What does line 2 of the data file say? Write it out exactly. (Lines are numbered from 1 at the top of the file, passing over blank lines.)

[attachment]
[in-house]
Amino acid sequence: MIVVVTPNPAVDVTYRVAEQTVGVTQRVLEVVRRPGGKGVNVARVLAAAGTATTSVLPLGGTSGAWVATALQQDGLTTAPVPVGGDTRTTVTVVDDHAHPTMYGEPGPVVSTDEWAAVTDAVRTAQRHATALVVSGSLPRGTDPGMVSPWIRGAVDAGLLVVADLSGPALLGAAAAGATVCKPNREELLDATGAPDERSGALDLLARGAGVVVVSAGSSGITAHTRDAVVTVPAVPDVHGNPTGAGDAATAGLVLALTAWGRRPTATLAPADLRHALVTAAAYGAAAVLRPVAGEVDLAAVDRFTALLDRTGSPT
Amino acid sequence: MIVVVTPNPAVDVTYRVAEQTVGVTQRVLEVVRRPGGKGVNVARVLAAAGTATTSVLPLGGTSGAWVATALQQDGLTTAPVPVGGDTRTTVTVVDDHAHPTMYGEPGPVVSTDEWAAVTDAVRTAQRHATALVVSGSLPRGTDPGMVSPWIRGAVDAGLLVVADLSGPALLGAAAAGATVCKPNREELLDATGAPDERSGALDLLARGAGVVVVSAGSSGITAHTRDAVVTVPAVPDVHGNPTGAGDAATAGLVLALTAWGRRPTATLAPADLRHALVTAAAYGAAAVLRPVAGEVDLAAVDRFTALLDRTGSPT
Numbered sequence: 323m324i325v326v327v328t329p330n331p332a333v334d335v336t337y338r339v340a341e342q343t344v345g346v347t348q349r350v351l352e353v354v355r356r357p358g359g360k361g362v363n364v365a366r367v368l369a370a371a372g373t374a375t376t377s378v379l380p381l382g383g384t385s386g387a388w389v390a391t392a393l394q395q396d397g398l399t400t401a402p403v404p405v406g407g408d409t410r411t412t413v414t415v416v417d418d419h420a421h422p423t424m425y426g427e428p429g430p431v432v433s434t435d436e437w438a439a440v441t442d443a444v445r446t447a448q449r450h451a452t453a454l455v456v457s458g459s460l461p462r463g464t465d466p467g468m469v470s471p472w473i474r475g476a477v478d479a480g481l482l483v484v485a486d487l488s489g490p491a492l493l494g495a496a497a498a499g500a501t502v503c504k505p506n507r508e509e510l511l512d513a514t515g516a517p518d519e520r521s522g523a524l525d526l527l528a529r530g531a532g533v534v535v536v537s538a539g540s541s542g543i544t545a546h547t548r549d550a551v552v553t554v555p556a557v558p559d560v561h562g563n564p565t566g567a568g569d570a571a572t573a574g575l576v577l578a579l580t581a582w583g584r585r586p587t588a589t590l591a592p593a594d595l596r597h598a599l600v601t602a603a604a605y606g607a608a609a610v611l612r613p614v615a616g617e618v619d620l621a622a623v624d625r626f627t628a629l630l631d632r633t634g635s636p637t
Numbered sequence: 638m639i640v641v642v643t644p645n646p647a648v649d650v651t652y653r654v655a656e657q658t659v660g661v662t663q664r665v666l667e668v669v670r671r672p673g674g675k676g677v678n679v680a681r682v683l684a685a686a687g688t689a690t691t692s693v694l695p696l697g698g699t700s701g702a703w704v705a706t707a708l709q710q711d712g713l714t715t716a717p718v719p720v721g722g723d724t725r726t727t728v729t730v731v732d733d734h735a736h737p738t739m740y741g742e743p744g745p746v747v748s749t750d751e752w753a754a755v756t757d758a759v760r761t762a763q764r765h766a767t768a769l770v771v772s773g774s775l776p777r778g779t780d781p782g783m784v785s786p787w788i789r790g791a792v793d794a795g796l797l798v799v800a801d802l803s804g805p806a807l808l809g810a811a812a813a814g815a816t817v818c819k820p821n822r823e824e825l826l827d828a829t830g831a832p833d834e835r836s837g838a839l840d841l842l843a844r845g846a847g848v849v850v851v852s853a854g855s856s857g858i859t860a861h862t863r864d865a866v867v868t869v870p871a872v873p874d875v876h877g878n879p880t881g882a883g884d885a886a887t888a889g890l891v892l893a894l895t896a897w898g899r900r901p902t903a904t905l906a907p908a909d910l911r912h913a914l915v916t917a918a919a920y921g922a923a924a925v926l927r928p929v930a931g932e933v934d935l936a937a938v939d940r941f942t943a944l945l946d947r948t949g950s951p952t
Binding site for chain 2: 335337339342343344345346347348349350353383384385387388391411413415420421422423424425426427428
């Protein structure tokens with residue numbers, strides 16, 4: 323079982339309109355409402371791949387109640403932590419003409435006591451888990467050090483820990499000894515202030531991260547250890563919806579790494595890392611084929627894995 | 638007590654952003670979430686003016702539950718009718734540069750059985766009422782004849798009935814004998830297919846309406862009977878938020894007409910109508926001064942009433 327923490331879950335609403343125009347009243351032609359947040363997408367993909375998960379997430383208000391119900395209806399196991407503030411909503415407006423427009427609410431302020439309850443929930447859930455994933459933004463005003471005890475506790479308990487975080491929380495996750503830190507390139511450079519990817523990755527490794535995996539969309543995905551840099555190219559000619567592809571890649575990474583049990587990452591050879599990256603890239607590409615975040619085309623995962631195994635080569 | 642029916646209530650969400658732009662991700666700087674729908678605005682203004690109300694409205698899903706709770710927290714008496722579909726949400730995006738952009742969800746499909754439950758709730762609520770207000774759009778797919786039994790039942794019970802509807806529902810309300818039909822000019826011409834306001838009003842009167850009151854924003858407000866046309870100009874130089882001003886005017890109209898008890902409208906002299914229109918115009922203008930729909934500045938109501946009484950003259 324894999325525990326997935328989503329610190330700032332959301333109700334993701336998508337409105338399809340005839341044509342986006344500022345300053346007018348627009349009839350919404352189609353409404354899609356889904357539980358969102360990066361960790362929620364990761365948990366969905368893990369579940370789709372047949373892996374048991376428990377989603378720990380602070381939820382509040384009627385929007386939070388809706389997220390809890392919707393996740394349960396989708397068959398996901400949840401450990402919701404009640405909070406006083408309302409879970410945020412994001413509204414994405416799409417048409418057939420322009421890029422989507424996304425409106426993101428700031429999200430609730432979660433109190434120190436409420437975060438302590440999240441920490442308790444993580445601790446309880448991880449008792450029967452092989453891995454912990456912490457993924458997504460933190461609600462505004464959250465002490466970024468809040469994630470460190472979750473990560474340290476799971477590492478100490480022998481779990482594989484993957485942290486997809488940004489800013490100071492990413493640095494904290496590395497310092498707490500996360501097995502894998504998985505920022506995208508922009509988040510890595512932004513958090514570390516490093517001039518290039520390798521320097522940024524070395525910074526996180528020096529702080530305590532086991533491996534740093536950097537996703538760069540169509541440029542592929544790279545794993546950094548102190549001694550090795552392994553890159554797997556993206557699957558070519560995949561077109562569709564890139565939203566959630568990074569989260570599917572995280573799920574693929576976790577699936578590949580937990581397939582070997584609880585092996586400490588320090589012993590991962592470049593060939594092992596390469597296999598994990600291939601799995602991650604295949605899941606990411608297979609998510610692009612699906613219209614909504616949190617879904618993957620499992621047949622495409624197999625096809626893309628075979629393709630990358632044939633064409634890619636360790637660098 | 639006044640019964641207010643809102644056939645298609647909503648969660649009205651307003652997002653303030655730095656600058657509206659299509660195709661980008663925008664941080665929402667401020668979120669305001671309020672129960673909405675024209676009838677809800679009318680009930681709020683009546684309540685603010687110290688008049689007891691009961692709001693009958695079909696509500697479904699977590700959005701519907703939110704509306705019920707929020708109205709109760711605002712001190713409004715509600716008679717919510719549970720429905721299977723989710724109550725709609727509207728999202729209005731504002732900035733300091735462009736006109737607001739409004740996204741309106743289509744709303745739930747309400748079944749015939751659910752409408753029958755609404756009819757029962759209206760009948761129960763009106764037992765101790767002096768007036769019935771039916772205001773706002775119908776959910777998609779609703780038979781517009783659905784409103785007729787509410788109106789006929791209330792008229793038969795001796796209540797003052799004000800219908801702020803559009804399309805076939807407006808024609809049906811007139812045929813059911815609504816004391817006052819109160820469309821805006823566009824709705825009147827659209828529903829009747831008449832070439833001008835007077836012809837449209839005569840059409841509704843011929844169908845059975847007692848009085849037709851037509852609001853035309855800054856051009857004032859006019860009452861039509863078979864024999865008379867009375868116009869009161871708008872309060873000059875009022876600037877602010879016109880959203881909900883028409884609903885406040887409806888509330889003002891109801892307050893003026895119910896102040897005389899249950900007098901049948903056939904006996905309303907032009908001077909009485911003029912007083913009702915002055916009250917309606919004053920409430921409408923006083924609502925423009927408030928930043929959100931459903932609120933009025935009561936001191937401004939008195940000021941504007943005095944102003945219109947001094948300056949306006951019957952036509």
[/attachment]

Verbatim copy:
Amino acid sequence: MIVVVTPNPAVDVTYRVAEQTVGVTQRVLEVVRRPGGKGVNVARVLAAAGTATTSVLPLGGTSGAWVATALQQDGLTTAPVPVGGDTRTTVTVVDDHAHPTMYGEPGPVVSTDEWAAVTDAVRTAQRHATALVVSGSLPRGTDPGMVSPWIRGAVDAGLLVVADLSGPALLGAAAAGATVCKPNREELLDATGAPDERSGALDLLARGAGVVVVSAGSSGITAHTRDAVVTVPAVPDVHGNPTGAGDAATAGLVLALTAWGRRPTATLAPADLRHALVTAAAYGAAAVLRPVAGEVDLAAVDRFTALLDRTGSPT